Monday, November 21, 2016

Quake Off Fukushima, Japan, Triggers Tsunami Alerts

TOKYO — A powerful earthquake triggered a tsunami off the coast ofJapan early Tuesday, near where the nuclear power plant inFukushima was destroyed by a quake and tsunami in 2011.
Tuesday’s quake quickly triggered evacuation warnings along the coast that was ravaged just over five years ago.
The public broadcaster NHK exhorted residents of Fukushima Prefecture to leave coastal areas immediately. “Please move as far away from the shoreline as possible,” the announcer said.
“Please remember the Great East Japan Earthquake.”
A tsunami wave of about 55 inches hit the port of Sendai in Miyagi Prefecture, and NHK said minor injuries had been reported. The first tsunami waves hit the coast at Onahama in Fukushima Prefecture at about 23 inches. No deaths were immediately reported.
The Japanese weather service reported a preliminary magnitude of 7.4 and issued a warning of a tsunami of about 10 feet. (The United States Geological Survey reported a lower magnitude, 6.9.)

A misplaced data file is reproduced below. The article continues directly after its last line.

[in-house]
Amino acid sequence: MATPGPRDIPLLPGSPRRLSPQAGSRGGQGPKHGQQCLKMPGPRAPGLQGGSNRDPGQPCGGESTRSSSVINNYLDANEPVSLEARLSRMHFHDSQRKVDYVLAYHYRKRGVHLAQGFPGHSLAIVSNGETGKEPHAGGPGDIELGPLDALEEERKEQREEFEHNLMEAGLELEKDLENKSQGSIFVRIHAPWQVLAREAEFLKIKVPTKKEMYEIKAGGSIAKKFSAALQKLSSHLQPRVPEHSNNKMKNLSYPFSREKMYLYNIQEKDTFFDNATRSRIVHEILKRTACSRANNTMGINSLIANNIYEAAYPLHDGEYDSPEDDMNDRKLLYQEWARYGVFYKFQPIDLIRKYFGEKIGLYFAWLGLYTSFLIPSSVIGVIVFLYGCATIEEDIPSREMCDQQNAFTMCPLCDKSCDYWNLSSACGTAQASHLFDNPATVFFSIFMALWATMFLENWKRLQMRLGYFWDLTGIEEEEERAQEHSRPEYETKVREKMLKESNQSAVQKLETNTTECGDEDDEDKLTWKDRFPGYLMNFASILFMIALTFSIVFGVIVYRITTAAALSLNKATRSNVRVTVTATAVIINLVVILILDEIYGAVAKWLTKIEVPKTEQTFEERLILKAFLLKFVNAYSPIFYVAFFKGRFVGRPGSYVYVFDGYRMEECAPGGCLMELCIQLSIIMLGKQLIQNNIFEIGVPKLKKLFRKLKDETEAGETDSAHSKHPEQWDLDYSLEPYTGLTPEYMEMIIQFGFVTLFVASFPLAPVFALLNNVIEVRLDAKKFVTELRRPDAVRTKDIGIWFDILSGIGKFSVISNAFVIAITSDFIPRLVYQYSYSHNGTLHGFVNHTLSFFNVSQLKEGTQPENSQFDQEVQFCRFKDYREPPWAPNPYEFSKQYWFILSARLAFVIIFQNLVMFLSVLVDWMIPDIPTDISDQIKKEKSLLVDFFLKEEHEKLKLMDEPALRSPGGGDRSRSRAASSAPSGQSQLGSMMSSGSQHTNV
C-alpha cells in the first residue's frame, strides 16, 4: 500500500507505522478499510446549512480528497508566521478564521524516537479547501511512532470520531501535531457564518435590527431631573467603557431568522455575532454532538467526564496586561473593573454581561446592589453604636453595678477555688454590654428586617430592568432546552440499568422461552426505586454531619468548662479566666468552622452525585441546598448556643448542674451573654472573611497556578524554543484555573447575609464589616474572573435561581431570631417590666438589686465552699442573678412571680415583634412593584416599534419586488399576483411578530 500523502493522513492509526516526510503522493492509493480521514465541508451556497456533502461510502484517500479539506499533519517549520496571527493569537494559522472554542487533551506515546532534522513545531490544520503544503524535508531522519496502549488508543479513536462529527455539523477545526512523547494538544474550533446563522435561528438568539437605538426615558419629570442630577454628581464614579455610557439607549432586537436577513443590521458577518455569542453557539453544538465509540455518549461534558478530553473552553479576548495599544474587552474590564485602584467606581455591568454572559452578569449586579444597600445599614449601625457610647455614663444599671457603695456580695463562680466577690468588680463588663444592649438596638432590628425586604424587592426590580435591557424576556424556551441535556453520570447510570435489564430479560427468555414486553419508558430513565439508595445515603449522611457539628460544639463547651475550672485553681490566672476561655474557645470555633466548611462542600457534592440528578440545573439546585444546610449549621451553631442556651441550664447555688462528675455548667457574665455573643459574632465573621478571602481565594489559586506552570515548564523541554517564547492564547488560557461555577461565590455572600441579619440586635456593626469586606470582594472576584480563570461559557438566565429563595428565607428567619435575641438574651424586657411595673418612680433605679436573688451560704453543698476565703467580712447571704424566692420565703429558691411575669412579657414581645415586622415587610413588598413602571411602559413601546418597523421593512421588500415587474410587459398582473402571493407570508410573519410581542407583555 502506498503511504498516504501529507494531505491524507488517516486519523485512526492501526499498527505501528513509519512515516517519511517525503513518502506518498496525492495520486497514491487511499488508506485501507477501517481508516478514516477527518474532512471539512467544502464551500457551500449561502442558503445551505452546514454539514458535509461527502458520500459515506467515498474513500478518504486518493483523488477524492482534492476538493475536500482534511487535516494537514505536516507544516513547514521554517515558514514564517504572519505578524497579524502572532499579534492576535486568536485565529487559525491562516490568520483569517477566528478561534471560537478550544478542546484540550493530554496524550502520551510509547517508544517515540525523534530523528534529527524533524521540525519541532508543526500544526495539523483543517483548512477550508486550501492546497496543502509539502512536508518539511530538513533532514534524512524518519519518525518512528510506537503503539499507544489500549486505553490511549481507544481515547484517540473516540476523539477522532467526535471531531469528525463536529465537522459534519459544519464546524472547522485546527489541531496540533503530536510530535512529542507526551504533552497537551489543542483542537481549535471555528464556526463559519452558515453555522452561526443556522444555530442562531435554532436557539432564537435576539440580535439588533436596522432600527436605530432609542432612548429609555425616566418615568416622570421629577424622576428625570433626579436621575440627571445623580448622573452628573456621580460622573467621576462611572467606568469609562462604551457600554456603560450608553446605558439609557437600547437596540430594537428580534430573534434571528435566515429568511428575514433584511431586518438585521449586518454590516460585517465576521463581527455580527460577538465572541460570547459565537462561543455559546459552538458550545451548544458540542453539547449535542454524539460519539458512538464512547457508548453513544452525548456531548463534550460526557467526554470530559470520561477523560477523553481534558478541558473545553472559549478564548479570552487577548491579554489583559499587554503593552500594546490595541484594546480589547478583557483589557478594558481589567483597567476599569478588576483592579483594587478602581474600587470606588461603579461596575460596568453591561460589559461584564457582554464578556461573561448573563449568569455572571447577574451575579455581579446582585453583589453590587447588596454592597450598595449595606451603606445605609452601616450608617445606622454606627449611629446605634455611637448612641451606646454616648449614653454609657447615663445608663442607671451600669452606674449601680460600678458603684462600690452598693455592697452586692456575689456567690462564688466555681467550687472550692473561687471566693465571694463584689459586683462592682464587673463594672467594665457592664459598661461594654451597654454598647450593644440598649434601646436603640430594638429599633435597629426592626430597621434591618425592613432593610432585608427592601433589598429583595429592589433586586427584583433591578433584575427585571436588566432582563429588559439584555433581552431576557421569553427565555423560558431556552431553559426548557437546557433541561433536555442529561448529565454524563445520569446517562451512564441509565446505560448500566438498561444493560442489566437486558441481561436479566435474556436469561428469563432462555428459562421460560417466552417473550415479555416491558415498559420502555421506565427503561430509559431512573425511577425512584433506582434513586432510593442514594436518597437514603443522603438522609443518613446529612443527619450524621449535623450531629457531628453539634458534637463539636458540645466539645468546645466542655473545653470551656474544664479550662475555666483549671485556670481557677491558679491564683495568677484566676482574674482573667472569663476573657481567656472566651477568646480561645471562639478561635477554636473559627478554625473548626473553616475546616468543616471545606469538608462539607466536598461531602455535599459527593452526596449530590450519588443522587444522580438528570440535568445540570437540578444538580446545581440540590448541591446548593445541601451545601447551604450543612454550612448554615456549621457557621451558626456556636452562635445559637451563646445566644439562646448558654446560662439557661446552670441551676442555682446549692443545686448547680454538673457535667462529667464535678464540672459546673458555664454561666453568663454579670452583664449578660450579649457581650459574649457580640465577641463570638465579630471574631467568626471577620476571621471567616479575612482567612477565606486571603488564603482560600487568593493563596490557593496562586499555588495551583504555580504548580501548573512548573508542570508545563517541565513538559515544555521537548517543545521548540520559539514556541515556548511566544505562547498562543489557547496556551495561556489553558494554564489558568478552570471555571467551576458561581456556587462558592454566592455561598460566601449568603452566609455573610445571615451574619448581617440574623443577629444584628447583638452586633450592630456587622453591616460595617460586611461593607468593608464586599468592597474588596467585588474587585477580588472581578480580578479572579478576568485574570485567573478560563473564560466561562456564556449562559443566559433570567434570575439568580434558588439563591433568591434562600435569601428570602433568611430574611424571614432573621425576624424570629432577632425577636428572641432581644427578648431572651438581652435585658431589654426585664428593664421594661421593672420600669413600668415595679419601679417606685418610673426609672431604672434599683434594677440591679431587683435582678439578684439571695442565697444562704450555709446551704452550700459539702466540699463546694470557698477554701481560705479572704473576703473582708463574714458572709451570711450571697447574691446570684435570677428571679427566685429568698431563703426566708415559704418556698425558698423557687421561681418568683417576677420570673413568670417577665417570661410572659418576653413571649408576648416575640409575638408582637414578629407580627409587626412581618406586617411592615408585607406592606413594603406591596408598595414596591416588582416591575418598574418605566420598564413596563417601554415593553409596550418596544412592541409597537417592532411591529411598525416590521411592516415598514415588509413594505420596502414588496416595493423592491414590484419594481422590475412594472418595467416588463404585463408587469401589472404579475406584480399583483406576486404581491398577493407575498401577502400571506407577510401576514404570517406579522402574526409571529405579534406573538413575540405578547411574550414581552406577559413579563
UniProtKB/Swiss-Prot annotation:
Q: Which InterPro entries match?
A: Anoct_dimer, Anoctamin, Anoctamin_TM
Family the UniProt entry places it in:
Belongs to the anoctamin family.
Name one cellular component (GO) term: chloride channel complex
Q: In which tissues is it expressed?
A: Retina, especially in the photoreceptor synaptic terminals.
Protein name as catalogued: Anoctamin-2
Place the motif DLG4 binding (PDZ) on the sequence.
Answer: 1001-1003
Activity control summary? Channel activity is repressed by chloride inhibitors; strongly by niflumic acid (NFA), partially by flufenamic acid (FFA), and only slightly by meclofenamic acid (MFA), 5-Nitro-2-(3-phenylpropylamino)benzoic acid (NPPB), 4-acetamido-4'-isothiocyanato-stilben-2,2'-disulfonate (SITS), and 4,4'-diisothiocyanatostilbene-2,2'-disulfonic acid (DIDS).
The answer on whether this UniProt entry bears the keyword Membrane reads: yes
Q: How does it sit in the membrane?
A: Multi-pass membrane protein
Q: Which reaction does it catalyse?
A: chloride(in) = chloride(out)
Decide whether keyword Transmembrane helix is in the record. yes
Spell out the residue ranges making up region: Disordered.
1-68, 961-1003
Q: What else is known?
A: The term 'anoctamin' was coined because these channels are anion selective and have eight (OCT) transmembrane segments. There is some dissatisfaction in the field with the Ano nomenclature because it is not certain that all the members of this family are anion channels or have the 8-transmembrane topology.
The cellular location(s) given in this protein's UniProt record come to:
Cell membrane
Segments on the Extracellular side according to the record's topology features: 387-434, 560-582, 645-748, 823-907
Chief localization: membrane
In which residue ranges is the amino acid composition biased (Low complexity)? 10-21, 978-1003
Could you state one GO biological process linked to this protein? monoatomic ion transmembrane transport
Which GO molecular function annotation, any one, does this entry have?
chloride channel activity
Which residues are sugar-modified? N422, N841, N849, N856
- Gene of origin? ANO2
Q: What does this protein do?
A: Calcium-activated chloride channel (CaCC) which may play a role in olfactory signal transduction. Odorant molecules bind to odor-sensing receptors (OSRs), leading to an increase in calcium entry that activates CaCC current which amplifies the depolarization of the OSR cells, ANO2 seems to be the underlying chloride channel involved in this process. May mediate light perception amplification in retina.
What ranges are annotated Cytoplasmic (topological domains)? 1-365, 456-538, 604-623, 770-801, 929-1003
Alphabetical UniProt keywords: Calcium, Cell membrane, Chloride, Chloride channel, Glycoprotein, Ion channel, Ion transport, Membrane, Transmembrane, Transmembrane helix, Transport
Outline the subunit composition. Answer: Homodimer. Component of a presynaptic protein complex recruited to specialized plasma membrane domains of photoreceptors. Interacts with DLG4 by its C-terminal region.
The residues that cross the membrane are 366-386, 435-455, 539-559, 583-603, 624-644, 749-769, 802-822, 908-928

Earthquake Epicenter
Map data ©2016 ZENRIN
50 km 
The Tokyo Electric Company reported that a cooling system in a reactor at Fukushima Daini, a nuclear facility near the ruined Daiichi plant, had stopped but said there was enough water in the reactor to keep the spent fuel rods cool for now. But the utility later said the system had resumed operations after 90 minutes.
The Fukushima Daini power station, located about seven miles south of Daiichi, has not produced electricity since the 2011 calamity, in which it suffered earthquake damage. Most of Japan’s nuclear power plants have been shut down since soon after the disaster amid public concerns about their safety. Fukushima Daini’s reactors are turned off, but it still has uranium fuel in a storage pool that must be kept cool by pumping water through them.
Three reactors at the Daiichi plant melted down after the 8.9-magnitude earthquake and tsunami five years ago. Since the 2011 disaster, Tepco has been cleaning up and has started the decommissioning process.
Sea waves in 2011 rose as high as 130 feet at Miyako in Iwate Prefecture, killing almost 16,000 people. An additional 2,500 were reported missing and never found.
The governments of New Zealand and Australia, on alert for possible effects from Tuesday’s tsunami, said there had been no impact reported in their countries. No damage was reported in the Philippines or Papua New Guinea either, according to Geoscience Australia.

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